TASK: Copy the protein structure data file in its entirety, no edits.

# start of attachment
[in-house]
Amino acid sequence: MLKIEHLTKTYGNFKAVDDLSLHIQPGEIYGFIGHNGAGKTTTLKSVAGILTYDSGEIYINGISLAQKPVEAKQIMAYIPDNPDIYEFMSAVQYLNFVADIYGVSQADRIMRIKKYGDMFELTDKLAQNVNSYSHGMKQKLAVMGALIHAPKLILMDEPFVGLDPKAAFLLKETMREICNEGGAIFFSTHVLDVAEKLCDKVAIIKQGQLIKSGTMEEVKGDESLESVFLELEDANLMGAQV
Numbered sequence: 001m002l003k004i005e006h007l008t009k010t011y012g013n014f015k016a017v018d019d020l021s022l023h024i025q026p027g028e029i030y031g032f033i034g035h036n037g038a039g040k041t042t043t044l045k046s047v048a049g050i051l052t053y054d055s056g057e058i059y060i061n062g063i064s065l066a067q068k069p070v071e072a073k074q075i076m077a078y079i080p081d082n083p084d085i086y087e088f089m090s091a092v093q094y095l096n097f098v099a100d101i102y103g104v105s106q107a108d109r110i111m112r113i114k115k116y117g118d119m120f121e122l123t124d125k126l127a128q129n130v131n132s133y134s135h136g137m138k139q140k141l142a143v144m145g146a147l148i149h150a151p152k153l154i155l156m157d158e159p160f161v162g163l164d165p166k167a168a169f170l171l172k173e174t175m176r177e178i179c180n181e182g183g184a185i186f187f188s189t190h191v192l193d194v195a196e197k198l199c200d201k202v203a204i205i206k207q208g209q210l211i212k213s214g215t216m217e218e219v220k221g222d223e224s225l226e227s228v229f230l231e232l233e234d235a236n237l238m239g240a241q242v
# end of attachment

[in-house]
Amino acid sequence: MLKIEHLTKTYGNFKAVDDLSLHIQPGEIYGFIGHNGAGKTTTLKSVAGILTYDSGEIYINGISLAQKPVEAKQIMAYIPDNPDIYEFMSAVQYLNFVADIYGVSQADRIMRIKKYGDMFELTDKLAQNVNSYSHGMKQKLAVMGALIHAPKLILMDEPFVGLDPKAAFLLKETMREICNEGGAIFFSTHVLDVAEKLCDKVAIIKQGQLIKSGTMEEVKGDESLESVFLELEDANLMGAQV
Numbered sequence: 001m002l003k004i005e006h007l008t009k010t011y012g013n014f015k016a017v018d019d020l021s022l023h024i025q026p027g028e029i030y031g032f033i034g035h036n037g038a039g040k041t042t043t044l045k046s047v048a049g050i051l052t053y054d055s056g057e058i059y060i061n062g063i064s065l066a067q068k069p070v071e072a073k074q075i076m077a078y079i080p081d082n083p084d085i086y087e088f089m090s091a092v093q094y095l096n097f098v099a100d101i102y103g104v105s106q107a108d109r110i111m112r113i114k115k116y117g118d119m120f121e122l123t124d125k126l127a128q129n130v131n132s133y134s135h136g137m138k139q140k141l142a143v144m145g146a147l148i149h150a151p152k153l154i155l156m157d158e159p160f161v162g163l164d165p166k167a168a169f170l171l172k173e174t175m176r177e178i179c180n181e182g183g184a185i186f187f188s189t190h191v192l193d194v195a196e197k198l199c200d201k202v203a204i205i206k207q208g209q210l211i212k213s214g215t216m217e218e219v220k221g222d223e224s225l226e227s228v229f230l231e232l233e234d235a236n237l238m239g240a241q242v